Spirulina is a good source of lean protein - it boasts a protein content of 60 percent, making it a much richer source of protein than most vegetables, according to Harvard Health Publishing. A single tablespoon, which has only 20 calories, contains 4 grams of protein, according to the USDA.

Effective on cholesterol

Spirulina could help achieve levels of cholesterol healthy, lowering "bad" LDL cholesterol and triglycerides, while increasing "good" HDL cholesterol.

According to a study from July 2013, and published in the Journal of the Science of Food and Agriculture, in people with high cholesterol the consumption of 1 gram of spirulina per day lowered triglycerides by 16% and LDL by 10%; in addition, according to one search, people with type 2 diabetes, who consumed 2 grams of spirulina per day, also saw improvements in their cholesterol levels.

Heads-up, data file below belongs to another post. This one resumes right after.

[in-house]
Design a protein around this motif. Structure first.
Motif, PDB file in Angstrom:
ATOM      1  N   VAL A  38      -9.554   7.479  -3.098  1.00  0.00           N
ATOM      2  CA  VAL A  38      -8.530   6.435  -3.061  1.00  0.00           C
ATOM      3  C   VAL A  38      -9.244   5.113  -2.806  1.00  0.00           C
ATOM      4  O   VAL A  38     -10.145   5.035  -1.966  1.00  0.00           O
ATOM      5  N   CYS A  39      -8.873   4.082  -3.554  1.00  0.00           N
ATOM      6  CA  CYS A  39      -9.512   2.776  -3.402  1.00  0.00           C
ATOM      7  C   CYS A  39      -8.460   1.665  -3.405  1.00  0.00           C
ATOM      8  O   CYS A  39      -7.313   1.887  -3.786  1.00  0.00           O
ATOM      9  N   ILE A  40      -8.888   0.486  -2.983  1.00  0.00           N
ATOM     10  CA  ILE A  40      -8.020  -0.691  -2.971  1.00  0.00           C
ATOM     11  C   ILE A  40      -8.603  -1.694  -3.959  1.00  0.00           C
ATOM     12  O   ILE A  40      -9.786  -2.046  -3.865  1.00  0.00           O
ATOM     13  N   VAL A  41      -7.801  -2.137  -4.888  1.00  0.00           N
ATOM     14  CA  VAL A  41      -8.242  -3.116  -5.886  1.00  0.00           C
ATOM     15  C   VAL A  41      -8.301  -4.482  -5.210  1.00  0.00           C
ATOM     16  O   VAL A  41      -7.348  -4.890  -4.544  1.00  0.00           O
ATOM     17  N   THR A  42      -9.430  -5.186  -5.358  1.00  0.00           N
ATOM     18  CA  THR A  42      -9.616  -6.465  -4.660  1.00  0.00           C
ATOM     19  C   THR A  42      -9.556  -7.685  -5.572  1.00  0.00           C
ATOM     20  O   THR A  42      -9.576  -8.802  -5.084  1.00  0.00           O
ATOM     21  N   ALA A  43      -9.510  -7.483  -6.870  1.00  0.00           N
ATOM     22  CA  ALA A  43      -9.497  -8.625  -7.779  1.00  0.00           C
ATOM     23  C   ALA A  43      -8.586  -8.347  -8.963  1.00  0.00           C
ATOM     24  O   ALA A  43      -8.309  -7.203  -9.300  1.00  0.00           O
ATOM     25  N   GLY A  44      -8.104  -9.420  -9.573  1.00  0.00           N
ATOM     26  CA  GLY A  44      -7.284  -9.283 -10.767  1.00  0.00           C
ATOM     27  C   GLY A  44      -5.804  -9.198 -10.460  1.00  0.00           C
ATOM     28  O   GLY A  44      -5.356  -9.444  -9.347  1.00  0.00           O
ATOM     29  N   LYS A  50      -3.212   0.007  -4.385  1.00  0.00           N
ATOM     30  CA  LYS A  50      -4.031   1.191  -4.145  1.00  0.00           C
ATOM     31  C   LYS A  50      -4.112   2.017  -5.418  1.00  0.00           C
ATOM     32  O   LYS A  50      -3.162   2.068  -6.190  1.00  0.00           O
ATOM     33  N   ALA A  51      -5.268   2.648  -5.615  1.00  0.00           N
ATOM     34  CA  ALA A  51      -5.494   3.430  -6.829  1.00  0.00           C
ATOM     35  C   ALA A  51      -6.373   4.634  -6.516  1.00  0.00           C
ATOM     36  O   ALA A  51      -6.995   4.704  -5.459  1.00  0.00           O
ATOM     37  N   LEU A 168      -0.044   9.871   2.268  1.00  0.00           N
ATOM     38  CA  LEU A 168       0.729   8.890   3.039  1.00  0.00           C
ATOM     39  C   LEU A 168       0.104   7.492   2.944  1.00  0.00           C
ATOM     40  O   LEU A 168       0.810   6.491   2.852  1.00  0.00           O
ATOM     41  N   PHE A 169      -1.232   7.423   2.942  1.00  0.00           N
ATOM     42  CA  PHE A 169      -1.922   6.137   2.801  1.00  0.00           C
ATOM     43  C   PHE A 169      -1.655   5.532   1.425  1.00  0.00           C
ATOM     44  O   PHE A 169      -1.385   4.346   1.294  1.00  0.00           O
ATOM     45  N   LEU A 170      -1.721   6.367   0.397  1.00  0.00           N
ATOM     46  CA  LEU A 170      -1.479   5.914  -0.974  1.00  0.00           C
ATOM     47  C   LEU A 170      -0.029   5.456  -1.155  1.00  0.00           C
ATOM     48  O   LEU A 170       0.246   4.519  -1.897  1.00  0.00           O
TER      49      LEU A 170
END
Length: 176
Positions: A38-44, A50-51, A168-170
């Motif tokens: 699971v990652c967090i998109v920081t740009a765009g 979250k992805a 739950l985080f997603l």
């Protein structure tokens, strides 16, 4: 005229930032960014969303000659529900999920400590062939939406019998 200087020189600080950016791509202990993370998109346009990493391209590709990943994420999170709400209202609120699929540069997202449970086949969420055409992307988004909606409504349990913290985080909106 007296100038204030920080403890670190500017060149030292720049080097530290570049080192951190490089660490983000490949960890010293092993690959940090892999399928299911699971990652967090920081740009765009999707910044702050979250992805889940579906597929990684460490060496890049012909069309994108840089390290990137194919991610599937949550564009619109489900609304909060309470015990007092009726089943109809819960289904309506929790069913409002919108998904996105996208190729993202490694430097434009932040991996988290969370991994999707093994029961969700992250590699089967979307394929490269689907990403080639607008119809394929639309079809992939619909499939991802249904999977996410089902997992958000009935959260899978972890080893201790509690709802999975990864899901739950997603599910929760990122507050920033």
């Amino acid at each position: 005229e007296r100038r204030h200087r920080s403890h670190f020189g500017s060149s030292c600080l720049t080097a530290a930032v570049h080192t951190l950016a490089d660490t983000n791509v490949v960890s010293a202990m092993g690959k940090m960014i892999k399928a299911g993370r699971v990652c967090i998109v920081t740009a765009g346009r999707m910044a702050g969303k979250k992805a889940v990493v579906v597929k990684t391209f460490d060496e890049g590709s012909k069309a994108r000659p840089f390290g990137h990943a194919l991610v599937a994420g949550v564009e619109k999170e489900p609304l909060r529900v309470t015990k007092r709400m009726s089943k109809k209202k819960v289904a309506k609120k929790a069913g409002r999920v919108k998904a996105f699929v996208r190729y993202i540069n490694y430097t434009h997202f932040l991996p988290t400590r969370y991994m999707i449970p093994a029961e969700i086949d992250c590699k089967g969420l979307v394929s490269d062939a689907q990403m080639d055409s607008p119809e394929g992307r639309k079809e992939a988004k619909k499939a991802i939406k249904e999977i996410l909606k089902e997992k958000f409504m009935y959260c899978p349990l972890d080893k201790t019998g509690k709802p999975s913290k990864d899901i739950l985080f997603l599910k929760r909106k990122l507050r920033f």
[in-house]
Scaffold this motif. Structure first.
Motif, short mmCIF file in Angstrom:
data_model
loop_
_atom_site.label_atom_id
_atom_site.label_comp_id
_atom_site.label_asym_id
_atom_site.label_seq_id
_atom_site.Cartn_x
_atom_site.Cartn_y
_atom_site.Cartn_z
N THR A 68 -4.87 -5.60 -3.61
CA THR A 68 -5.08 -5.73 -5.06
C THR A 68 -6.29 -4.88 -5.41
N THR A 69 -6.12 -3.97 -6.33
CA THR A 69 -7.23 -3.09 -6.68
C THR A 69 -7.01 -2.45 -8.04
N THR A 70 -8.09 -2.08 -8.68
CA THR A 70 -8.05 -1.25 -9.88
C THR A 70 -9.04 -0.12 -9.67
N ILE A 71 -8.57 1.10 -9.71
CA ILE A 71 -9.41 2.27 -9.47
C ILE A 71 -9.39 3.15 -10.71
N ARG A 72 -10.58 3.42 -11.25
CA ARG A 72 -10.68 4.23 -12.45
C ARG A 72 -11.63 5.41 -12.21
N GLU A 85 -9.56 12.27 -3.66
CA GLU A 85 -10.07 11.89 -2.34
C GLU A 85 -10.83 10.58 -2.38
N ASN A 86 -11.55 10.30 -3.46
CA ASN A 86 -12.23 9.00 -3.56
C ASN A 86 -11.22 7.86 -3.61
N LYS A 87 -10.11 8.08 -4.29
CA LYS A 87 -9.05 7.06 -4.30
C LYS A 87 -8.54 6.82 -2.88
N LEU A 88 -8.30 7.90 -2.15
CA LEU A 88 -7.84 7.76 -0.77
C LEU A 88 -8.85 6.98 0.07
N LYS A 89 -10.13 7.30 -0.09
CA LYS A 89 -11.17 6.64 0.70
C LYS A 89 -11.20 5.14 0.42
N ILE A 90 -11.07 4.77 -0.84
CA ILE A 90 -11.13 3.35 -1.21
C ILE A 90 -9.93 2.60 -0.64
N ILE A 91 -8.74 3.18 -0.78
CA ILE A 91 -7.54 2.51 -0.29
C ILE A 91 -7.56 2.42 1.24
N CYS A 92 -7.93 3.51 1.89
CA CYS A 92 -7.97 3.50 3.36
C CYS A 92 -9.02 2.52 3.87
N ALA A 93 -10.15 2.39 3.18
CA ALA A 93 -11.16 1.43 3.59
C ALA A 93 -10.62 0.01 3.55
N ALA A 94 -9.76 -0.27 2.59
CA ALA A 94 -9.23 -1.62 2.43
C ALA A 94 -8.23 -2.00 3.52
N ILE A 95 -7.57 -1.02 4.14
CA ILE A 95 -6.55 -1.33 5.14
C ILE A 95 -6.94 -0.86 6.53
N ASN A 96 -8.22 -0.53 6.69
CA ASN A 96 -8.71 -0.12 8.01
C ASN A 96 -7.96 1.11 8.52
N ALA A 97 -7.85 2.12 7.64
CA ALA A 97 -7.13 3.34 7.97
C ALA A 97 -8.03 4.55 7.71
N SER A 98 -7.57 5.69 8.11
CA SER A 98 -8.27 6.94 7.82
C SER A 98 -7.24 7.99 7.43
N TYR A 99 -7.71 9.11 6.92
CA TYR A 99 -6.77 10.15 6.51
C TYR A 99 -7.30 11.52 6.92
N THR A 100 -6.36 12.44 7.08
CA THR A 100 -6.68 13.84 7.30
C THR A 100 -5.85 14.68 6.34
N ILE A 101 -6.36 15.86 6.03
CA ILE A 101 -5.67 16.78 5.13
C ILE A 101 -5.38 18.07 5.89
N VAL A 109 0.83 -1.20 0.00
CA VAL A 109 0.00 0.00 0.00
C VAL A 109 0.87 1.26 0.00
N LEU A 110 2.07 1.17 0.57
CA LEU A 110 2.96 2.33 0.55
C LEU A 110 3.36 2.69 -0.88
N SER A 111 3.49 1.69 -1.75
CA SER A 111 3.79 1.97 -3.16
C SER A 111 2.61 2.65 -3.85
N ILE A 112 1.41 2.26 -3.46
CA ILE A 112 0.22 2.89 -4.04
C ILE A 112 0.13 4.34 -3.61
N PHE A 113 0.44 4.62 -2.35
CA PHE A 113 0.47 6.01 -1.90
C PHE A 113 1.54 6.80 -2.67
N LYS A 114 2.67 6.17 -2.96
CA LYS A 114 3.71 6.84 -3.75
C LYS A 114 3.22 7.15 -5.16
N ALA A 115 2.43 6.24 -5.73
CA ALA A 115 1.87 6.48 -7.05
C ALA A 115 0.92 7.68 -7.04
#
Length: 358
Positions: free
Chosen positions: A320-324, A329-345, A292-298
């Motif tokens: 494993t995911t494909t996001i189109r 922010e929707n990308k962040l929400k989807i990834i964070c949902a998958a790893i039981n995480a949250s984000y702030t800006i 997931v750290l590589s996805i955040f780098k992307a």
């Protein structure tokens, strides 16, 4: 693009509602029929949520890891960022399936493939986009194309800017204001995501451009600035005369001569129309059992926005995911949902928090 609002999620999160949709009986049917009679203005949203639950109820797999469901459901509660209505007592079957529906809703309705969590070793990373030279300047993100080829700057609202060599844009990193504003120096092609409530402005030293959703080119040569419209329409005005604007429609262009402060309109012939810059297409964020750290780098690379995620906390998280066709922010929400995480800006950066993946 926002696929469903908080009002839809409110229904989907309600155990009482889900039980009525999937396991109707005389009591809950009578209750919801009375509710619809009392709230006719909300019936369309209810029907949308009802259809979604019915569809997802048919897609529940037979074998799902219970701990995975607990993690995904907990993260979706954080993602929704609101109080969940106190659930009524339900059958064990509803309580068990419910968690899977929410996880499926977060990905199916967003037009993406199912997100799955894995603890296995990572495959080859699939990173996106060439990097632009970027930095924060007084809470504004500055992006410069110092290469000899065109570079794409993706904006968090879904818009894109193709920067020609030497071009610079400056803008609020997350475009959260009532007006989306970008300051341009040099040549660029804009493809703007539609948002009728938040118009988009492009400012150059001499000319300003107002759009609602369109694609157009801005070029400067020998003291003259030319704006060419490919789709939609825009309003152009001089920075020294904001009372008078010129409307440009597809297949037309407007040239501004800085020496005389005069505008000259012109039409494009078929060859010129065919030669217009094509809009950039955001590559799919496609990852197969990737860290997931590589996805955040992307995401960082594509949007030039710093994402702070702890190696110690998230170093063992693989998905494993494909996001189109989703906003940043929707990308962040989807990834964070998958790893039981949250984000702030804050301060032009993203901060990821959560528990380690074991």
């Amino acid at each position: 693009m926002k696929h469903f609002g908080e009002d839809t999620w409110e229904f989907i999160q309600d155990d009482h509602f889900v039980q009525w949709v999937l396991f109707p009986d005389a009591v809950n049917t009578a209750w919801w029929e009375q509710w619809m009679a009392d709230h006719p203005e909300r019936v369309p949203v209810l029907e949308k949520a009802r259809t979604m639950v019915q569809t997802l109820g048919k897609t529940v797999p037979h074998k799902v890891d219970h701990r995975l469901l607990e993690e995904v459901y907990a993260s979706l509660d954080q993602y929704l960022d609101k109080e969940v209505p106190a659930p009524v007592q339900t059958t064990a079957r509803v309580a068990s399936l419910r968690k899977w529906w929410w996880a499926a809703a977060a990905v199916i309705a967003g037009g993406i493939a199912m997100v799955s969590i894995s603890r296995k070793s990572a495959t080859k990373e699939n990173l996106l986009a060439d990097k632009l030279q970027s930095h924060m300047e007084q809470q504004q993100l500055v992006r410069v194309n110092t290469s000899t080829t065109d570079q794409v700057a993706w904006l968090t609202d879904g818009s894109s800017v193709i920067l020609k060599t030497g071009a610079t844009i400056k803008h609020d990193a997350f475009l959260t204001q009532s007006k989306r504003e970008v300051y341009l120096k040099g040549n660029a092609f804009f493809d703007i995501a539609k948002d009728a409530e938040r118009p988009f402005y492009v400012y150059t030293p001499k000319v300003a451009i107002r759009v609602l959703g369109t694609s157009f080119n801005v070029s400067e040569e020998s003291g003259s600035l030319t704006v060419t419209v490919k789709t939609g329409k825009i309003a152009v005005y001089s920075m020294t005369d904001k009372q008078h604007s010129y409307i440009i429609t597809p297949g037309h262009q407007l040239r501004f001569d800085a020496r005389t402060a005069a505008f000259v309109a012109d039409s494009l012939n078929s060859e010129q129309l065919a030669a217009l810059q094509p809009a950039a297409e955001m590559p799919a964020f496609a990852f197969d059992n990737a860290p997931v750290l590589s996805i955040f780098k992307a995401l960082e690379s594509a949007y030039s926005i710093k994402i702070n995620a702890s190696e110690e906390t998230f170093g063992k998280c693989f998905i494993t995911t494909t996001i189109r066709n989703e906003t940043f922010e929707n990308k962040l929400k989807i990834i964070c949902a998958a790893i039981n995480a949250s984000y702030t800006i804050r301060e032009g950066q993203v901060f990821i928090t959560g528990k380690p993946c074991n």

(Read also: Spirulina: the side effects and contraindications you should know before using it)

Spirulina tablets or powder?

Spirulina comes in many forms, with tablets and powder being two of the most common. Although the main ingredient is the same, namely spirulina, there are some important differences. Let's find out together.

Differences in absorption

Powders are more reliable for absorption than tablets, as in some cases the tablets may not disintegrate completely, leading to a fewer nutrients absorbed. To ensure that the tablets disintegrate easily, manufacturers often add extra chemicals; also, many tablets are coated so they are easier to swallow.

Beware of thickeners